Conspiracy theories abound these days. A conspiracy theory, according to Wikipedia, is “an explanation for an event or situation that invokes a conspiracy by sinister and powerful groups, often political in motivation, when other explanations are more probable.” By nature, conspiracy theories are extremely difficult to disprove, because proponents will use both the presence and the lack of evidence as arguments in favor of the conspiracy. Some conspiracy theories are kind of fun to listen to because of their goofiness, like claims that the earth is actually flat. But many are very dark and can foster grave evils such as anti-Semitism. The recent dramatic rise in the popularity of conspiracy theories is connected to the ubiquity of the internet, which gives conspiracy theorists a platform to promote their ideas. It’s also due to the unfortunate breakdown in institutional credibility. This is the case, for example, when it comes to the government, the Church, and the media. When people (sometimes with good reason) don’t trust what established institutions are saying, they will turn to other sources of information, including those that put forward conspiracy theories.
We see a sort of this conspiratorial mindset in the gospel for today’s Mass (Lk 17:20-25), which begins with the Pharisees asking Jesus when the Kingdom of God would come. This was a question of central importance for the Pharisees who were always looking for signs of the coming of the Messiah, who would usher in the Kingdom. Our Lord replies: “The Kingdom of God cannot be observed, and no one will announce, ‘Look, here it is,’ or, ‘There it is.’ For behold, the Kingdom of God is among you.” Jesus then turns to His disciples and warns them that there will come a day when false prophets will say to His followers about Him: “’Look, there he is,’ or ‘Look, here he is.’ Do not go off, do not run in pursuit. For just as lightning flashes and lights up the sky from one side to the other, so will the Son of Man be in his day. But first he must suffer greatly and be rejected by this generation.”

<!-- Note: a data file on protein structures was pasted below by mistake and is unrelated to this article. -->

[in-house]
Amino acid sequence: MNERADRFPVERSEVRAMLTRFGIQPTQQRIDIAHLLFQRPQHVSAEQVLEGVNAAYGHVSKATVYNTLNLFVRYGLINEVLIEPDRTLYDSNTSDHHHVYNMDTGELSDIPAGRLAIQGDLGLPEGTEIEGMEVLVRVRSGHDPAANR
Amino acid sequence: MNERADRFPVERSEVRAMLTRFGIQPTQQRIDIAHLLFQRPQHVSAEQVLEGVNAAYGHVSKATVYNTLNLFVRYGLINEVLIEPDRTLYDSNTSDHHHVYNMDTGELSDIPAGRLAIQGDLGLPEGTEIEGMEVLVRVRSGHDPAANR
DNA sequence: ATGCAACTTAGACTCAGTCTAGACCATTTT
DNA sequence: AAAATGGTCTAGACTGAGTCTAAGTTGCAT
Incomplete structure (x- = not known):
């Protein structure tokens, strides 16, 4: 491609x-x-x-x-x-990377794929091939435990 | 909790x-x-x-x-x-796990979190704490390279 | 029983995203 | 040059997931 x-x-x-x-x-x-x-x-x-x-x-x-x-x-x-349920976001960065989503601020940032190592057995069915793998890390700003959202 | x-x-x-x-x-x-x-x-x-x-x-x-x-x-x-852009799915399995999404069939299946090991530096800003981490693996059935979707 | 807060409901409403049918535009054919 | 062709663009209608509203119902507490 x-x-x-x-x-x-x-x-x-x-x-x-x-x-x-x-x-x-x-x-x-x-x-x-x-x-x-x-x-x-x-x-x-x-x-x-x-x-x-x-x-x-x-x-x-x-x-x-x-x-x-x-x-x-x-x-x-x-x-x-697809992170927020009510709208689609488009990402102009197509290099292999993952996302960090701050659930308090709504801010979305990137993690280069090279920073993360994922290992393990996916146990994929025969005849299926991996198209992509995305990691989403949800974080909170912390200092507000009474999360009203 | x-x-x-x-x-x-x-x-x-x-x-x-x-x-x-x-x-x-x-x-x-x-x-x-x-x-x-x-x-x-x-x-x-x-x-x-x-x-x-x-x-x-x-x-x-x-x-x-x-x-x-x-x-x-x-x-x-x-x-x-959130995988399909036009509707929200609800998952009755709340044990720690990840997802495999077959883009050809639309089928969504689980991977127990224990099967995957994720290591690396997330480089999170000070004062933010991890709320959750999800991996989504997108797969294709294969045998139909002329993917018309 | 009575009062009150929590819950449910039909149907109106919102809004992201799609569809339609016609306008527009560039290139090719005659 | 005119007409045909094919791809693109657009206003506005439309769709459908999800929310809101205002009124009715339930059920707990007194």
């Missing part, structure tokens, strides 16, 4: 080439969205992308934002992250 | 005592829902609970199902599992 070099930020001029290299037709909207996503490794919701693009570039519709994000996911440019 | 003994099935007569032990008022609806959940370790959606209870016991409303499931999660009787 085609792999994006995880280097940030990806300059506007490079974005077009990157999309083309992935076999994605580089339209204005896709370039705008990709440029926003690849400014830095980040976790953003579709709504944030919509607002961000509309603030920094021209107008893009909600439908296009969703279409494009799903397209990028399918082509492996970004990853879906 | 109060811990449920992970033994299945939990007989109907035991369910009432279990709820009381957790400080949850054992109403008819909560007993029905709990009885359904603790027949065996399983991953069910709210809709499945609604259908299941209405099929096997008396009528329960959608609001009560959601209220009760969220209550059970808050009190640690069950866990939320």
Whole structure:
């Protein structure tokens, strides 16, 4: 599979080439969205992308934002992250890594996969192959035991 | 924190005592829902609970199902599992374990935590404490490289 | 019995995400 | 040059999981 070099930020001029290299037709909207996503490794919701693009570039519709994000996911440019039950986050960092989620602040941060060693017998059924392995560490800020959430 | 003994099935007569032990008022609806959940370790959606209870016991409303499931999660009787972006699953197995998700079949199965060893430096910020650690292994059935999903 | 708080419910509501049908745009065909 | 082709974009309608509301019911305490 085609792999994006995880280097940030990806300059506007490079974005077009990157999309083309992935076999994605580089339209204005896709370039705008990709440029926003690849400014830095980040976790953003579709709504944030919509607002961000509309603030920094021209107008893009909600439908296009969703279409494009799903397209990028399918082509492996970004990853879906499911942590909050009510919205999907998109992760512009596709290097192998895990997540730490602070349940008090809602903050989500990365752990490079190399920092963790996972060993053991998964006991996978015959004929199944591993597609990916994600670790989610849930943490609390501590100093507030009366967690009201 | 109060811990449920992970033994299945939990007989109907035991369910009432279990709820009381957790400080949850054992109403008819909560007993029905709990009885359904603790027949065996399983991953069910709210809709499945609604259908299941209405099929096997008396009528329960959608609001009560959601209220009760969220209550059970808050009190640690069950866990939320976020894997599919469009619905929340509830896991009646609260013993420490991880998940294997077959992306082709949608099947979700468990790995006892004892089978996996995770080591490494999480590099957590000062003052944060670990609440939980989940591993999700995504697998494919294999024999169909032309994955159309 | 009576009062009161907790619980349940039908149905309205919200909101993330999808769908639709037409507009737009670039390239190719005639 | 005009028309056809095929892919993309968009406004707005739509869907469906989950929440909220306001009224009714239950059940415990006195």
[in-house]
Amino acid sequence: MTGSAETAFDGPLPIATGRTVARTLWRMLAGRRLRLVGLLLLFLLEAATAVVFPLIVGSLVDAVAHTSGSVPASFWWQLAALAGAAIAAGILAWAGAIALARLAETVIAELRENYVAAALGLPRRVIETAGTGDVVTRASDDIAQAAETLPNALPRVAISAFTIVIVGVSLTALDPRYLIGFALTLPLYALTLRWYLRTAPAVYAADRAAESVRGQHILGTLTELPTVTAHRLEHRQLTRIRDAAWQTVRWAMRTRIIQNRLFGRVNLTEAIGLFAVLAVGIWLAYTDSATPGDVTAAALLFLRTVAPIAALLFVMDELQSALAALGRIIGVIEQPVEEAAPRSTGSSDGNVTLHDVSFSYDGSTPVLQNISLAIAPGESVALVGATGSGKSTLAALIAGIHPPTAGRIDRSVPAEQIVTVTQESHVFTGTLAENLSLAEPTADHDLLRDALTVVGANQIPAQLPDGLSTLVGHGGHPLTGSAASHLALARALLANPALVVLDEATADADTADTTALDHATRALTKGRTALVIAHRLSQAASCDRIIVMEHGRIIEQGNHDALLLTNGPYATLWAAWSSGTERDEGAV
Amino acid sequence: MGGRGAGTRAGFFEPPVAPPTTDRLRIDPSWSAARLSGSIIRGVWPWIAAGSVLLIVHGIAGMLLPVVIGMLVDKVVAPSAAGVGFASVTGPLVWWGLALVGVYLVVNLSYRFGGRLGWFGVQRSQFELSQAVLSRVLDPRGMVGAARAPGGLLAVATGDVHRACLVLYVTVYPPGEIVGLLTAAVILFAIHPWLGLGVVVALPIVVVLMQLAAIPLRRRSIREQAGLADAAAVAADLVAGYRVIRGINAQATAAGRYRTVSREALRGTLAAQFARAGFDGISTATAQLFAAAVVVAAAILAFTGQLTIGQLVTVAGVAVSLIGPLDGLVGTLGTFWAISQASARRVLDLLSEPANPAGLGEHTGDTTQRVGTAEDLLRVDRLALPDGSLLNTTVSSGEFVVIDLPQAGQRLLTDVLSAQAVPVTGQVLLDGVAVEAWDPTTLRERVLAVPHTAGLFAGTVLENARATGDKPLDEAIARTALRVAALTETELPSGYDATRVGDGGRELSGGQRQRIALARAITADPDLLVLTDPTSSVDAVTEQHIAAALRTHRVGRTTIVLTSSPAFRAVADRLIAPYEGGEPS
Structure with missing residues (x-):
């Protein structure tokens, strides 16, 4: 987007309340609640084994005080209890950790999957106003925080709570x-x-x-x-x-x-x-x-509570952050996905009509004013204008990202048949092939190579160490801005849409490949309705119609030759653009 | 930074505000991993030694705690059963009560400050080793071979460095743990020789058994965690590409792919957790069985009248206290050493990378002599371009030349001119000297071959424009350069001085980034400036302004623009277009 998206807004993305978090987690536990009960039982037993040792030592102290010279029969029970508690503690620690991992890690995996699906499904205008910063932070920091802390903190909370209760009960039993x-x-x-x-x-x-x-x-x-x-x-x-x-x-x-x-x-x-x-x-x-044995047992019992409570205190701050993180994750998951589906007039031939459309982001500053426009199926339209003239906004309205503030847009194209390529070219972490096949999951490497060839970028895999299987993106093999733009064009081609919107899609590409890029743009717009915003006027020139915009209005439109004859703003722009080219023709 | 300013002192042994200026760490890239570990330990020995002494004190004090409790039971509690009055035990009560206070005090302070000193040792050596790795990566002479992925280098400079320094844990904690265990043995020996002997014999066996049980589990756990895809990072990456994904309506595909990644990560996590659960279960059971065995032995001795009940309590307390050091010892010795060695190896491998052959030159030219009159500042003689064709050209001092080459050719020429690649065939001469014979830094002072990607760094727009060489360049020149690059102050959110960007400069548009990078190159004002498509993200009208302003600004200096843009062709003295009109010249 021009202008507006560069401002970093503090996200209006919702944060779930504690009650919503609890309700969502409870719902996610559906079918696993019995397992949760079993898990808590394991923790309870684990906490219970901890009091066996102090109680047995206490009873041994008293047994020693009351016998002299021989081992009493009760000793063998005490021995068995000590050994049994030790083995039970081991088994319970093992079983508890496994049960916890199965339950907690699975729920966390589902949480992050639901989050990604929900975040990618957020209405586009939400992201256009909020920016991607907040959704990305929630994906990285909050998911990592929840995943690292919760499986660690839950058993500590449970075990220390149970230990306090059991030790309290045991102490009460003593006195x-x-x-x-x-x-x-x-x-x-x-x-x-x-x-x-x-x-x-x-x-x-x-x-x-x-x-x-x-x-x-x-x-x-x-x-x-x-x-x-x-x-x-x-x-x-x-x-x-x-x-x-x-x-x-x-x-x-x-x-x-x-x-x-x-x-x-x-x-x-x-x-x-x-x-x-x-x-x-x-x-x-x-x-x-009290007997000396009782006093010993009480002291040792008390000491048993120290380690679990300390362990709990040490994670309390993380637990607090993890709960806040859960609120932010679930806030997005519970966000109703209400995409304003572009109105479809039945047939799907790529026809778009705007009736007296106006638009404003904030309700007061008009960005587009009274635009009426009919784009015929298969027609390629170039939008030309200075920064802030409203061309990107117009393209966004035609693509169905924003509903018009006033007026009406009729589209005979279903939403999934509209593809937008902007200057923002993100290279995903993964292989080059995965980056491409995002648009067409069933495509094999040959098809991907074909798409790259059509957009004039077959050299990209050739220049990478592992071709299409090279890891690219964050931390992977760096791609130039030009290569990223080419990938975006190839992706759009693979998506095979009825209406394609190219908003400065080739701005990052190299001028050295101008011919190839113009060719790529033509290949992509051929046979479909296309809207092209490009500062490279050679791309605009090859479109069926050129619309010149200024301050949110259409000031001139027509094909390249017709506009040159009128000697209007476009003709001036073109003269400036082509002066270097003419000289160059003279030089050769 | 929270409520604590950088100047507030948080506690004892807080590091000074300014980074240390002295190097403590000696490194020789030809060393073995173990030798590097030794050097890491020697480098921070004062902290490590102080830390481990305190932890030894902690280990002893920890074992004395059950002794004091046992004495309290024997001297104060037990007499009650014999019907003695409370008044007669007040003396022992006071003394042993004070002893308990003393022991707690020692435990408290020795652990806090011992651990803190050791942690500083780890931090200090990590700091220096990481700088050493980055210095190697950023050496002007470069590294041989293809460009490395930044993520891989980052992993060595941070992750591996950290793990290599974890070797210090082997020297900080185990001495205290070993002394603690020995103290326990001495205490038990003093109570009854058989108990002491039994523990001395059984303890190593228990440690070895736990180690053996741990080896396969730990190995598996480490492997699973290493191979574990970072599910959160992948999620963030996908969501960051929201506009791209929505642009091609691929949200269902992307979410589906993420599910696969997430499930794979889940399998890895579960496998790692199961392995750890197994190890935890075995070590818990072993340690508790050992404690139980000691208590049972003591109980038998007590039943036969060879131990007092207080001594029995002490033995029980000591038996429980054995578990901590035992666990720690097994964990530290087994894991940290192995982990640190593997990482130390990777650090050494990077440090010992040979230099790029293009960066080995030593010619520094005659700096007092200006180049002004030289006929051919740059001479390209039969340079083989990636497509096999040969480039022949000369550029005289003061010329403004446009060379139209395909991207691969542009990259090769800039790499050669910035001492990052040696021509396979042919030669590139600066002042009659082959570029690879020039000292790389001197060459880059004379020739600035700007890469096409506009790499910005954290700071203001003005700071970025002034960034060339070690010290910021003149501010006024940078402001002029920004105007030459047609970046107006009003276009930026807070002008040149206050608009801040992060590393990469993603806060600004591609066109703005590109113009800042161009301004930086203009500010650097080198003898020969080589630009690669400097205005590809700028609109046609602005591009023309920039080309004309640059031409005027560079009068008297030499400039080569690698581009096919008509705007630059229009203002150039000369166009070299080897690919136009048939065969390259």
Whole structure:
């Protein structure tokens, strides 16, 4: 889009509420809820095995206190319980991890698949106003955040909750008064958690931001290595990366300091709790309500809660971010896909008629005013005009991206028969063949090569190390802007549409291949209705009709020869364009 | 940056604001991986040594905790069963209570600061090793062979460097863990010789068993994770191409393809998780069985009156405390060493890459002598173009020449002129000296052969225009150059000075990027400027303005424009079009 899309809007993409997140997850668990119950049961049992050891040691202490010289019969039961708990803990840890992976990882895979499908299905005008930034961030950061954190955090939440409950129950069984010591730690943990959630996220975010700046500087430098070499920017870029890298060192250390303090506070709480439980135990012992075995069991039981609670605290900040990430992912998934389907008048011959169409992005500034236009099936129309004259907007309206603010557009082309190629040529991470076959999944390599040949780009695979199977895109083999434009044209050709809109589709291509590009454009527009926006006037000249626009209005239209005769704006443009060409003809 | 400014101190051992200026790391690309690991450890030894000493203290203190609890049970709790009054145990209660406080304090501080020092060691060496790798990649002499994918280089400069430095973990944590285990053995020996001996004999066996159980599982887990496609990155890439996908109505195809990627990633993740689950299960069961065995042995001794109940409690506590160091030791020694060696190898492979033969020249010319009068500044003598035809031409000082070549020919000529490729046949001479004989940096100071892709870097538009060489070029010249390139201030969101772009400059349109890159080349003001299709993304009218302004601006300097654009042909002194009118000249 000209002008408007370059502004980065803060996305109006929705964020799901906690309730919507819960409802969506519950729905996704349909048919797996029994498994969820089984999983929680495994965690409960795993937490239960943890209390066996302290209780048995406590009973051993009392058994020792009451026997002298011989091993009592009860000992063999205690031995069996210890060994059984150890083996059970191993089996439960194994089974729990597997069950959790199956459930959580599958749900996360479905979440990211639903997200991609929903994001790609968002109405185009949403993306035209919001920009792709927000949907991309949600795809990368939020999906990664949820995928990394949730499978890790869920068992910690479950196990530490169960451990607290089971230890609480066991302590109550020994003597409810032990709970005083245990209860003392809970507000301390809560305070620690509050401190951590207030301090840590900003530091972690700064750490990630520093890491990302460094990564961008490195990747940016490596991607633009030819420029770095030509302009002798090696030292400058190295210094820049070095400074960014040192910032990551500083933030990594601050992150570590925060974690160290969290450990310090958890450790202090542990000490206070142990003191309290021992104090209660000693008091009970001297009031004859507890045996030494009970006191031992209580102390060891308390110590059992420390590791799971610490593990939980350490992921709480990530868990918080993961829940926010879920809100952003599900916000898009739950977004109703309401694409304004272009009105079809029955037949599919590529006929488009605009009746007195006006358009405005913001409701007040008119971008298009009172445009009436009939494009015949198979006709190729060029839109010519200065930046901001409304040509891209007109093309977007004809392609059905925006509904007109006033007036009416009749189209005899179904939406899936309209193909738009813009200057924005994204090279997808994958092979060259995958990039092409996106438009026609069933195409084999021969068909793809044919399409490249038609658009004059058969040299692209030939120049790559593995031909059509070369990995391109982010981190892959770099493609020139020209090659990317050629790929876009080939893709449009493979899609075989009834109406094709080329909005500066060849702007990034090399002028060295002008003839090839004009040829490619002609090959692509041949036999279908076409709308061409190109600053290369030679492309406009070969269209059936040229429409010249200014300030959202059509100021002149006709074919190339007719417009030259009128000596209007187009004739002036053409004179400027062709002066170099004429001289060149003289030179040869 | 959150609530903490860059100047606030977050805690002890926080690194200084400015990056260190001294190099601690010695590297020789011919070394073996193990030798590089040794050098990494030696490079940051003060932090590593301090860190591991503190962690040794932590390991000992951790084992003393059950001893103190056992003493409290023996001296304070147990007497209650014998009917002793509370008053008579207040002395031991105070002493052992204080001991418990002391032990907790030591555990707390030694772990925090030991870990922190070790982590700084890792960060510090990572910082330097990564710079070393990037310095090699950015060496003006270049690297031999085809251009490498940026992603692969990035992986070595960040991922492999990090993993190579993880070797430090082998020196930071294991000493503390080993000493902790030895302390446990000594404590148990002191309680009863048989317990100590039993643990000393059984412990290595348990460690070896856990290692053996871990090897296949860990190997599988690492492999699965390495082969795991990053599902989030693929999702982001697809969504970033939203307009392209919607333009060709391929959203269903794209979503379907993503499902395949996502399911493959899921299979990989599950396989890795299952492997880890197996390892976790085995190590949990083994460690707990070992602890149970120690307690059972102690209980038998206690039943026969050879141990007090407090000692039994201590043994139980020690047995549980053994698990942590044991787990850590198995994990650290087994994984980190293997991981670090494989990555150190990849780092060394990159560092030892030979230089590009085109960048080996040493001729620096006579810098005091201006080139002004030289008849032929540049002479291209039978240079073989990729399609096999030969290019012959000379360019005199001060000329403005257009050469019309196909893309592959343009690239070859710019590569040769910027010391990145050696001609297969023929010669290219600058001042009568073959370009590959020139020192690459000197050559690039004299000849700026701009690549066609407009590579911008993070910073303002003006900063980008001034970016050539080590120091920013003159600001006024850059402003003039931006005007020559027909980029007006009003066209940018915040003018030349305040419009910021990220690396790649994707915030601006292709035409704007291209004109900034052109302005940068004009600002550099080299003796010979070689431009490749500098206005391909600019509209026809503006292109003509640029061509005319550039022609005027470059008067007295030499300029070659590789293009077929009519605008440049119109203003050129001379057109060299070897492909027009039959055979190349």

Here, Our Lord seems to be warning us against falling prey to those who would make great claims of special insight into the end times – which might sound familiar to us. Make no mistake: that the world will end is certain. That it will bring judgment is also certain. But we need to approach these realities in an appropriate way that is in accord with what we believe as Catholics. The Second Vatican Council teaches us that “the Church has always had the duty of reading the signs of the times and interpreting them in light of the gospel,” for the sake of “carry[ing] forward the work of Christ.” To do this, Our Lord exhorts His followers to “stay awake” and not be lulled to sleep by life in the world. Such sleep comes for us when we simply go along with conventional ways of living, even when they conflict with both revealed truth and what we can know by the lights of natural reason. It also comes when we engage in excessive speculation as to whether the end of the world is nigh. This fosters anxiety in people, and is a waste of energy that the Lord Jesus wants us to spend elsewhere.
For there is no doubt that we live in the end times. Christ Our Lord has come, He has died and risen for our sake, and we live under His reign in the Kingdom of God right now. Moreover, these are definitively the end times for me and you, since these are the days in which we work out our salvation during our lives on earth, at the end of which we will meet Christ and we will be judged. In uncertain times we might be tempted to turn to conspiracy theories or excessive apocalyptic speculations. It is far more important that we turn instead each day to what is certain and solid – liturgical and personal prayer, the sacraments, corporal and spiritual works of mercy, the teachings of the Church, and the life of grace. This how we faithfully carry forward the work of Christ with confidence and joy, even in our strange and unsettling age.